WHILE Scotland’s Minister for Tourism Fergus Ewing believes £20m to repair the broken funicular train on Cairn Gorm’s ski grounds represents “investment that will generate significant economic benefit for Strathspey and Badenoch,” many local folk disagree.

Ski-ing development on Cairn Gorm, near Aviemore, has a controversial history. In the 1990’s the Cairngorm Ski Company wanted to extend ski-ing into the adjacent corries and Lurcher’s Gully but the plans were eventually kicked out after an expensive public inquiry.

Lack of snow and cheap ski holidays on the continent had a serious effect on visitor numbers during the eighties and nineties and in an attempt to attract summer visitors, plans were put forward for a funicular train in Coire Cas. The track was built in Coire Cas in 2001, despite considerable opposition from Scotland’s environmental groups. Further controversy mired the building project, with budget over-runs, allegations of conflicts of interest by those connected to both Highlands and Islands Enterprise, who own the Cairn Gorm estate, and the construction company, and questions were raised about the use of public money.

Indeed, the funicular has hardly been a roaring success, suffering from snow (ironically) that regularly blocked the tunnel that leads to its top station at 1097m/3599ft, and once the initial attraction died away, poor visitor numbers.

In its seventeen years of existence two operating companies have gone bust, despite considerable Scottish Government bail-outs.

Then, in September 2018 the funicular was closed to the public due to structural problems in the track. In a report at the time engineers said: "The structure's condition is disappointing for its age, regardless of its environment. There are various defects appearing that demonstrate an ongoing deterioration of the structure.”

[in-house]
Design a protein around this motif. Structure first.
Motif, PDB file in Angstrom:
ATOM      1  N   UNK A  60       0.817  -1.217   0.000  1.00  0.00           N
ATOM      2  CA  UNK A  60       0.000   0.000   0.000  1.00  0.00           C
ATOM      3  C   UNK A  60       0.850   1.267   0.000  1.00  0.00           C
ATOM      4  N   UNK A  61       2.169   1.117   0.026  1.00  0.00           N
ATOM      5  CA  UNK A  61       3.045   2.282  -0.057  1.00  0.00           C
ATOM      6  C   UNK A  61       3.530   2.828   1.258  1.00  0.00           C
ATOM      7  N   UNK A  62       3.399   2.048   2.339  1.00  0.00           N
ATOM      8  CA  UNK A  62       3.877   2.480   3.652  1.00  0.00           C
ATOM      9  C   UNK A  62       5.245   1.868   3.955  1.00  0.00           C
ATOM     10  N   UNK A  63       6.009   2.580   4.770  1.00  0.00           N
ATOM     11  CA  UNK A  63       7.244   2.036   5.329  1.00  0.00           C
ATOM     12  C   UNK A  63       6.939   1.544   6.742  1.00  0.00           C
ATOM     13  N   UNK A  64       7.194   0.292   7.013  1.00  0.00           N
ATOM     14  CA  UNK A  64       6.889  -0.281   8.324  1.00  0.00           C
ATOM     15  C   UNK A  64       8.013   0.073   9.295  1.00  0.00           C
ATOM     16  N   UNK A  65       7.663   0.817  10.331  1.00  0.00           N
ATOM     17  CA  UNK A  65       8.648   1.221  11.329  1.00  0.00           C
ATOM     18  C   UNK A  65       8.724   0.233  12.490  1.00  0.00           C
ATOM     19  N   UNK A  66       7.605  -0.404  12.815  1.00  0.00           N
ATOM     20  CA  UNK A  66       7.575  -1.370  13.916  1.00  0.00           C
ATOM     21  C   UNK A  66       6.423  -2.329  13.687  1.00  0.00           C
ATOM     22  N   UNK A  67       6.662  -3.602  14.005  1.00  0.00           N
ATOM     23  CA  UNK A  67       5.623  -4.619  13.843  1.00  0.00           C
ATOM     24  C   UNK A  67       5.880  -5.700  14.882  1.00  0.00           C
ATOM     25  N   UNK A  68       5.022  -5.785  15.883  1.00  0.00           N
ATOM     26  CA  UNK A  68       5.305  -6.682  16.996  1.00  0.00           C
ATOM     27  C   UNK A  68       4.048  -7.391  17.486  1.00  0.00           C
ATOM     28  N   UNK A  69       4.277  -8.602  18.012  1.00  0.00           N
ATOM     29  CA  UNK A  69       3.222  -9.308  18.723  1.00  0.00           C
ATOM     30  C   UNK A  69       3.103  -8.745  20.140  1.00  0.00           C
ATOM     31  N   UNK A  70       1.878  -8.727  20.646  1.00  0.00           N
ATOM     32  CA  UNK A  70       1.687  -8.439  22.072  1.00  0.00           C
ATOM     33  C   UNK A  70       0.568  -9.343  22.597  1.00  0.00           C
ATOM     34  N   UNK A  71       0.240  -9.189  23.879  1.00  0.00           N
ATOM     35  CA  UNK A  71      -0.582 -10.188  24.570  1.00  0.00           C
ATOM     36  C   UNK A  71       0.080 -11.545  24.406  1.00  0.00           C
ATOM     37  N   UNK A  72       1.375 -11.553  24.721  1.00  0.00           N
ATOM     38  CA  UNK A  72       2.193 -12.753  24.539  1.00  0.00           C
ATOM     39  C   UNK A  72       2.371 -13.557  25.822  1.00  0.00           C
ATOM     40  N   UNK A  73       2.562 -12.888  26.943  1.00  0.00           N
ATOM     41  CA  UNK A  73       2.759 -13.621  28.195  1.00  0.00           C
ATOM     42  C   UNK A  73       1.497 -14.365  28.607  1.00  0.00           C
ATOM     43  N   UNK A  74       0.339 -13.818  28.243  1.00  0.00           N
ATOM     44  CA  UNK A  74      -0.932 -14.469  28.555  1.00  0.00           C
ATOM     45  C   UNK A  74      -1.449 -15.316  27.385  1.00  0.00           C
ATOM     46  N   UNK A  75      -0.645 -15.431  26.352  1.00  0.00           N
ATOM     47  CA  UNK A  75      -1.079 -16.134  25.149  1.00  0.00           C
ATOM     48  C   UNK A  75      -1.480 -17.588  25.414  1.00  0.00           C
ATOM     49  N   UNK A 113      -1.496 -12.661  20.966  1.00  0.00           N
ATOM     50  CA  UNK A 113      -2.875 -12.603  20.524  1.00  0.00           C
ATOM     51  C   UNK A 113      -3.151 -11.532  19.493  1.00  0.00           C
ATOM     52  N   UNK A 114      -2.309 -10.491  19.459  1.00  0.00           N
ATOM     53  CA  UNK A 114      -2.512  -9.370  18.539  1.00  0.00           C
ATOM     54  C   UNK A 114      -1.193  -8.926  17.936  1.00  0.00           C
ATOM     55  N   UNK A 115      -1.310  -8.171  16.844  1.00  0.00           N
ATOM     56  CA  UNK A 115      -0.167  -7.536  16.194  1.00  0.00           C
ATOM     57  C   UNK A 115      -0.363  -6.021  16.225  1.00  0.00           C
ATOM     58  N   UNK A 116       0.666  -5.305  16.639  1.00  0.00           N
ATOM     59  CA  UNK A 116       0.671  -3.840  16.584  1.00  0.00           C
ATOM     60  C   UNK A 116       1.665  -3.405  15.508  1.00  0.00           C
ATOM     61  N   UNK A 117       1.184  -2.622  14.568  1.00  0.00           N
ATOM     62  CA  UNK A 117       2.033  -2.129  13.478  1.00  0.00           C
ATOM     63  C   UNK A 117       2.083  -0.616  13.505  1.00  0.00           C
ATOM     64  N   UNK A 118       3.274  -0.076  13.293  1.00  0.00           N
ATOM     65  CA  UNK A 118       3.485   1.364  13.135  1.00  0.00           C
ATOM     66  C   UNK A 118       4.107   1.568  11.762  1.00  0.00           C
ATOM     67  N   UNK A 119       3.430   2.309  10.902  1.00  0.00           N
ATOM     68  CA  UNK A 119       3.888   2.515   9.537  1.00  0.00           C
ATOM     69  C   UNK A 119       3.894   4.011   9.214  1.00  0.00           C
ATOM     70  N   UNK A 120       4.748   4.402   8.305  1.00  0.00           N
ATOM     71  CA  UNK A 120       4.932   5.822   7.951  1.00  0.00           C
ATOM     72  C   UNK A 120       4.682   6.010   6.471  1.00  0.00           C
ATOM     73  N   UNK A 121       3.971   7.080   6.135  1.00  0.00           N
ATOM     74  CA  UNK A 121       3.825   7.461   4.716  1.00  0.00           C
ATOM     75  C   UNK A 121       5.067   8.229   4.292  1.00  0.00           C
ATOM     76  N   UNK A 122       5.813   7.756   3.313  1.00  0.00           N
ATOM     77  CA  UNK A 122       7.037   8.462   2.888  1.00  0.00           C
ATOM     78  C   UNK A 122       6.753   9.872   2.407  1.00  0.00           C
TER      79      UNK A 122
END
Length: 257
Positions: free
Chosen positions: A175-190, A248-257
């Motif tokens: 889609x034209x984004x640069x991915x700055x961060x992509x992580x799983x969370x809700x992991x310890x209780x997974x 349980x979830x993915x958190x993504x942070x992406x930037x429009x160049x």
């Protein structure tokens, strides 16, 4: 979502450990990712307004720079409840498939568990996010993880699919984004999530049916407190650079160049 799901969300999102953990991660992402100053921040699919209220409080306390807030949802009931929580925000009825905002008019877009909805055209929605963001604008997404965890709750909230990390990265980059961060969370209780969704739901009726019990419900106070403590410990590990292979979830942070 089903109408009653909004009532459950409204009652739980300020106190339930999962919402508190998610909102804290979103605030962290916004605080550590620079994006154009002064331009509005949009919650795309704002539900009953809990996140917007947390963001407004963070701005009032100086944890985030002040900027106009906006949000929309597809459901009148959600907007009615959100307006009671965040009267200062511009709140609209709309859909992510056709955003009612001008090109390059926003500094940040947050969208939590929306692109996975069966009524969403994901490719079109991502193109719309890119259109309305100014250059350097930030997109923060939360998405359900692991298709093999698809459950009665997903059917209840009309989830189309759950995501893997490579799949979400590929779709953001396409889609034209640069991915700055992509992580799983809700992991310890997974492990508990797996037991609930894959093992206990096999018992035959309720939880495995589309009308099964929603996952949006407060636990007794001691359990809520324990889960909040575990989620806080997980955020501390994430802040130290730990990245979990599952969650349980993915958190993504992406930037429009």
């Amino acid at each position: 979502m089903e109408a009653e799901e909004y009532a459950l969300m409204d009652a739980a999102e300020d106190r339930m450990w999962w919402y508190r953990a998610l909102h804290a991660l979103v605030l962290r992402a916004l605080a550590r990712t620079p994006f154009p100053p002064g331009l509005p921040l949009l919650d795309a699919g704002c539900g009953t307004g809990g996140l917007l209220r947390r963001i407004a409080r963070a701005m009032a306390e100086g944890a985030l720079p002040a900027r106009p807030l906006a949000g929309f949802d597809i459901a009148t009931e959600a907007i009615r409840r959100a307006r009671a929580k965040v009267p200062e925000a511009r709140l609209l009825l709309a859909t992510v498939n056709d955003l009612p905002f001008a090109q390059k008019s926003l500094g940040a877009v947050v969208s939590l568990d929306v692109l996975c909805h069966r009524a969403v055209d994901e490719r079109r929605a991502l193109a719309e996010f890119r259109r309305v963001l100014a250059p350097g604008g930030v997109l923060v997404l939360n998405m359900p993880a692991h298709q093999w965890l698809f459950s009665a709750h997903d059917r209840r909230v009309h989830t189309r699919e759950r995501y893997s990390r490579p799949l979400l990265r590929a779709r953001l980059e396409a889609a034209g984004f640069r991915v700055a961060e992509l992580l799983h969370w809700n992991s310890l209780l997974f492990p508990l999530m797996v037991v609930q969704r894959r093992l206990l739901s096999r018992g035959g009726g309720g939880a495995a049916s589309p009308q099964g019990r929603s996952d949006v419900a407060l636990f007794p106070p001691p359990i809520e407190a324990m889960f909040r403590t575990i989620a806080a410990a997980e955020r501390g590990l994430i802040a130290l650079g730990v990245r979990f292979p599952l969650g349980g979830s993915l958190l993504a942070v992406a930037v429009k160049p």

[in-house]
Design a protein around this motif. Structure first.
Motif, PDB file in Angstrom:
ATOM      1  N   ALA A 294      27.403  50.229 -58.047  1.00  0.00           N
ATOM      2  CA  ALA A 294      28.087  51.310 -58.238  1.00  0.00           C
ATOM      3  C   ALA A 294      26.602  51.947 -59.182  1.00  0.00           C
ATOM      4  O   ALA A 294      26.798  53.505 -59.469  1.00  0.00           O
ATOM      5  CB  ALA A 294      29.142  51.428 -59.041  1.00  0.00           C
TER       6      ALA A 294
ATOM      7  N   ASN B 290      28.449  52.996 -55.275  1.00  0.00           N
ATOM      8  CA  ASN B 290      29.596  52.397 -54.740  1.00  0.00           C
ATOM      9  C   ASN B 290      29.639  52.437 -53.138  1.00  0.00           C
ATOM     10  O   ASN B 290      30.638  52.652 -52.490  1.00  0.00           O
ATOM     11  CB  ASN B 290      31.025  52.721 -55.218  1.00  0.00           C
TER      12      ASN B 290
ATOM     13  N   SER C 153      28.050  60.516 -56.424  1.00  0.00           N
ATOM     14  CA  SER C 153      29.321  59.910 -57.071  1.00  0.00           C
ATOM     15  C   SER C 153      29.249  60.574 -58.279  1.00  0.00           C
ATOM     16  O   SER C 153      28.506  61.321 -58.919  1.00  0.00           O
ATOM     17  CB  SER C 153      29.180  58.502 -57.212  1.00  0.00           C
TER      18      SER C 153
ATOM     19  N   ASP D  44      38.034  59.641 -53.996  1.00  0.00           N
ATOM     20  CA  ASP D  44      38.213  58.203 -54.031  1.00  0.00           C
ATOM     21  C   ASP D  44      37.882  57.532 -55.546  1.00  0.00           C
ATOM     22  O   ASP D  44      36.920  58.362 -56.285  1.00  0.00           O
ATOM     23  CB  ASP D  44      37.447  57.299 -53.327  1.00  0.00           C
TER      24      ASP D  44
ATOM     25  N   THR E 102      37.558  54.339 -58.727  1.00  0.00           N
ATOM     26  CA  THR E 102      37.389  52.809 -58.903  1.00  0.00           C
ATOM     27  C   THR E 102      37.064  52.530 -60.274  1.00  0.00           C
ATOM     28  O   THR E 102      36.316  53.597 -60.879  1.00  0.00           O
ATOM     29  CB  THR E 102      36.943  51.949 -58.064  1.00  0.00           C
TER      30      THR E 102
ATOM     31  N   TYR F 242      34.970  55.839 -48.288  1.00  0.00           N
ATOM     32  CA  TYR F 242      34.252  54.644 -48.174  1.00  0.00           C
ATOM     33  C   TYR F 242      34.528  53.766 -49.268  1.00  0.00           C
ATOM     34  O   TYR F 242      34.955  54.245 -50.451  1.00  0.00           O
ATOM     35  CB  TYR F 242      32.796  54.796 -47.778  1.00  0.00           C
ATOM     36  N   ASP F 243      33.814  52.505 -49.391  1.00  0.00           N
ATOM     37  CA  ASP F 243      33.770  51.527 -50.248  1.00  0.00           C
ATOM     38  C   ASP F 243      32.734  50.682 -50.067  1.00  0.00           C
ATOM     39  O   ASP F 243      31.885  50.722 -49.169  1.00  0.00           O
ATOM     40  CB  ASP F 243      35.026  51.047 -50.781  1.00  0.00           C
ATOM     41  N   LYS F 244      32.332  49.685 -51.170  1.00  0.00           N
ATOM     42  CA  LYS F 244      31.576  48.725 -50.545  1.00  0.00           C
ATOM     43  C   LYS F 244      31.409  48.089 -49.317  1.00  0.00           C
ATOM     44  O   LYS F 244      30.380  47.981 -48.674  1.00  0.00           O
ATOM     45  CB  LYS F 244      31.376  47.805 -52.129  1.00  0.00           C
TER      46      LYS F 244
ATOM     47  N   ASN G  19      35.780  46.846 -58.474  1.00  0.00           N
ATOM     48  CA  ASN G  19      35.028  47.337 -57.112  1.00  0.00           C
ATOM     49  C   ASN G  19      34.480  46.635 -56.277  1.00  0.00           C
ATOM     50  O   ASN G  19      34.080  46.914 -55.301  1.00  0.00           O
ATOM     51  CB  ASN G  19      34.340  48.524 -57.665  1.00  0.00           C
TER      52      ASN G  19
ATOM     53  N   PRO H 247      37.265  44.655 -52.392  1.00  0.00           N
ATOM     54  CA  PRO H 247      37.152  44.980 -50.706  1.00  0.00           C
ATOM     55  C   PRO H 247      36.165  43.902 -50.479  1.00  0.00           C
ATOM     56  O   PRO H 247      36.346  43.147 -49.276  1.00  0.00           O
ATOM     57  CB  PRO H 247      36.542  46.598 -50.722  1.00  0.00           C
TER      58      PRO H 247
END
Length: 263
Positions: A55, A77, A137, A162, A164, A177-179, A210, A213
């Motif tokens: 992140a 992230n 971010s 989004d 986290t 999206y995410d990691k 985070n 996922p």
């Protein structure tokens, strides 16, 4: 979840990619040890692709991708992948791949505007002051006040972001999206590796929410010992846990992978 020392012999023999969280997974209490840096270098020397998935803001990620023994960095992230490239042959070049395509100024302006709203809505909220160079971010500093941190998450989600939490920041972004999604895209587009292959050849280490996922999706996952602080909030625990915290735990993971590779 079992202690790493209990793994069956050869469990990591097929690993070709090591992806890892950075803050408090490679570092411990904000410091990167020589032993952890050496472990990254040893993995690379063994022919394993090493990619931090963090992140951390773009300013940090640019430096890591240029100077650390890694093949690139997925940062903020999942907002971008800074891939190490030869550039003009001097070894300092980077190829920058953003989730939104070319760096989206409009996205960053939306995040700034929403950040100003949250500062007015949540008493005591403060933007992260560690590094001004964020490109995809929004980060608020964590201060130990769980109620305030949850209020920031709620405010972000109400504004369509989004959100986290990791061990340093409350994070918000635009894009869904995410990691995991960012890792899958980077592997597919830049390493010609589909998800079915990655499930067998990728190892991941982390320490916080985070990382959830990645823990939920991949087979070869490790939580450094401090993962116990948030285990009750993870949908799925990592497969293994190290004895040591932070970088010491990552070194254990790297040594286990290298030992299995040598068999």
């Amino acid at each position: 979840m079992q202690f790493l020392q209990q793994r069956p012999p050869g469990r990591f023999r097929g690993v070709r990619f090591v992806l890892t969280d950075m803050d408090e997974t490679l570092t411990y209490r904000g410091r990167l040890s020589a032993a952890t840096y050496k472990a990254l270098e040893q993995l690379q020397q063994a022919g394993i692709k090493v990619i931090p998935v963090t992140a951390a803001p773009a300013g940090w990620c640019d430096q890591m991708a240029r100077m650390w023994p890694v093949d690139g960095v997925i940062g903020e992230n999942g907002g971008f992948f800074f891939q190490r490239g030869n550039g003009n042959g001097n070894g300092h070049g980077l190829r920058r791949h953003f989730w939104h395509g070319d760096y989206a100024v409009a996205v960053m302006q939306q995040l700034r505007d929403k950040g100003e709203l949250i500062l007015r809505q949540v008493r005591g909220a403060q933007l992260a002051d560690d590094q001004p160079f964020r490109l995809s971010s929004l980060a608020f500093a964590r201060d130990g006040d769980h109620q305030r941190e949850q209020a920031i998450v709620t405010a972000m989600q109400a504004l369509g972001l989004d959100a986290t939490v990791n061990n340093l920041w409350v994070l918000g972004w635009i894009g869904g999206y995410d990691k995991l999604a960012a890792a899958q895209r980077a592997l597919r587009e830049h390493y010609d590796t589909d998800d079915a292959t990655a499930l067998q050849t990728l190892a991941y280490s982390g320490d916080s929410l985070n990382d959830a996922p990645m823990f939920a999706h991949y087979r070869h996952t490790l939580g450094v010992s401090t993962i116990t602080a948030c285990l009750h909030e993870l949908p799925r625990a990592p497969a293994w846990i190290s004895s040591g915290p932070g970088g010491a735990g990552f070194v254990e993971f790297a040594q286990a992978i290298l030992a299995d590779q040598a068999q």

The construction was estimated to have cost around £19.6 million, mostly funded by Highlands and Islands Enterprise (HIE), a government body. £2.7 million was provided by the EU.

There has been longstanding and justified criticism of HIE’s management of the Cairn Gorm estate and many believe a community buy-out would ensure enthusiastic and knowledgeable management of the ski grounds. Those local folk interested in taking on the running of the estate insist that a funicular train would simply be a financial burden and that new and improved ski uplift facilities would be a far better investment than repairing a broken train track.

READ MORE: Cairngorm funicular: Railway to reopen in 2021 after funding pledged

Aviemore has long been hailed as Scotland’s only all-year-round holiday centre and it’s fair to say that despite Covid-19, the village has been heaving with visitors all summer. Glenmore, just below Cairngorm, has been so busy that local folk have been complaining bitterly of over-tourism.

Aviemore and Glenmore don’t need a funicular train to attract visitors. That has been crystal clear over the past two years. What is required is investment in the existing ski facilities to enable the area to continue it’s all-year-round appeal, and to protect Aviemore's proud ski heritage. And here’s a final thought.

If you were the operator of Aonach Mor ski grounds, or Glenshee, Glen Coe or The Lecht, how would you feel about the preferential Government treatment that one of your competitors is attracting? Would you be asking questions about HIE’s involvement in the ski business or would you be wishing that Fergus Ewing, the Tourism Minister, was your local MSP?